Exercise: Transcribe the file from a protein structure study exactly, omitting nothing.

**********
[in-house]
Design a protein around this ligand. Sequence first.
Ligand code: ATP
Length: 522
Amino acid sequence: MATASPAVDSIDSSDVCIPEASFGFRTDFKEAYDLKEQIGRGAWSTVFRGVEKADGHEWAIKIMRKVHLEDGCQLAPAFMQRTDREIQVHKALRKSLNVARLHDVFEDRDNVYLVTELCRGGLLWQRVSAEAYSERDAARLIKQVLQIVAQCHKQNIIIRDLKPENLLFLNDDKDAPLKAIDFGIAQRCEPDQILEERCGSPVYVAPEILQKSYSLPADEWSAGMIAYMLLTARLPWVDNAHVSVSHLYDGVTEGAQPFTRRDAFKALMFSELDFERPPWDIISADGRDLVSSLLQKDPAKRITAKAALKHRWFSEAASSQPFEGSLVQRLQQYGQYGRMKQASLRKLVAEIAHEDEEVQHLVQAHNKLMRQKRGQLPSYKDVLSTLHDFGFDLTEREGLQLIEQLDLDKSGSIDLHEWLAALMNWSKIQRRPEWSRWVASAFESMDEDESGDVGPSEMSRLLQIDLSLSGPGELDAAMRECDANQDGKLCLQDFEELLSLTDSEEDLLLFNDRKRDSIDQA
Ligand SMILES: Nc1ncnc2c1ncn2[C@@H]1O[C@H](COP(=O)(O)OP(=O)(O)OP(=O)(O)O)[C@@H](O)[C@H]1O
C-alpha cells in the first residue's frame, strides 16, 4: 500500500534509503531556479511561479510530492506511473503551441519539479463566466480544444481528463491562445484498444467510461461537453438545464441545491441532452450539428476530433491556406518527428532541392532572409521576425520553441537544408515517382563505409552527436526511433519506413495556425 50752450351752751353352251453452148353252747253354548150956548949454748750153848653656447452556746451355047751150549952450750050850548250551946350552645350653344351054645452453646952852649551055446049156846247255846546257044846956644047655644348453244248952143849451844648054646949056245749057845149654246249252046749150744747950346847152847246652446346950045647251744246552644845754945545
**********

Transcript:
[in-house]
Design a protein around this ligand. Sequence first.
Ligand code: ATP
Length: 522
Amino acid sequence: MATASPAVDSIDSSDVCIPEASFGFRTDFKEAYDLKEQIGRGAWSTVFRGVEKADGHEWAIKIMRKVHLEDGCQLAPAFMQRTDREIQVHKALRKSLNVARLHDVFEDRDNVYLVTELCRGGLLWQRVSAEAYSERDAARLIKQVLQIVAQCHKQNIIIRDLKPENLLFLNDDKDAPLKAIDFGIAQRCEPDQILEERCGSPVYVAPEILQKSYSLPADEWSAGMIAYMLLTARLPWVDNAHVSVSHLYDGVTEGAQPFTRRDAFKALMFSELDFERPPWDIISADGRDLVSSLLQKDPAKRITAKAALKHRWFSEAASSQPFEGSLVQRLQQYGQYGRMKQASLRKLVAEIAHEDEEVQHLVQAHNKLMRQKRGQLPSYKDVLSTLHDFGFDLTEREGLQLIEQLDLDKSGSIDLHEWLAALMNWSKIQRRPEWSRWVASAFESMDEDESGDVGPSEMSRLLQIDLSLSGPGELDAAMRECDANQDGKLCLQDFEELLSLTDSEEDLLLFNDRKRDSIDQA
Ligand SMILES: Nc1ncnc2c1ncn2[C@@H]1O[C@H](COP(=O)(O)OP(=O)(O)OP(=O)(O)O)[C@@H](O)[C@H]1O
C-alpha cells in the first residue's frame, strides 16, 4: 500500500534509503531556479511561479510530492506511473503551441519539479463566466480544444481528463491562445484498444467510461461537453438545464441545491441532452450539428476530433491556406518527428532541392532572409521576425520553441537544408515517382563505409552527436526511433519506413495556425 50752450351752751353352251453452148353252747253354548150956548949454748750153848653656447452556746451355047751150549952450750050850548250551946350552645350653344351054645452453646952852649551055446049156846247255846546257044846956644047655644348453244248952143849451844648054646949056245749057845149654246249252046749150744747950346847152847246652446346950045647251744246552644845754945545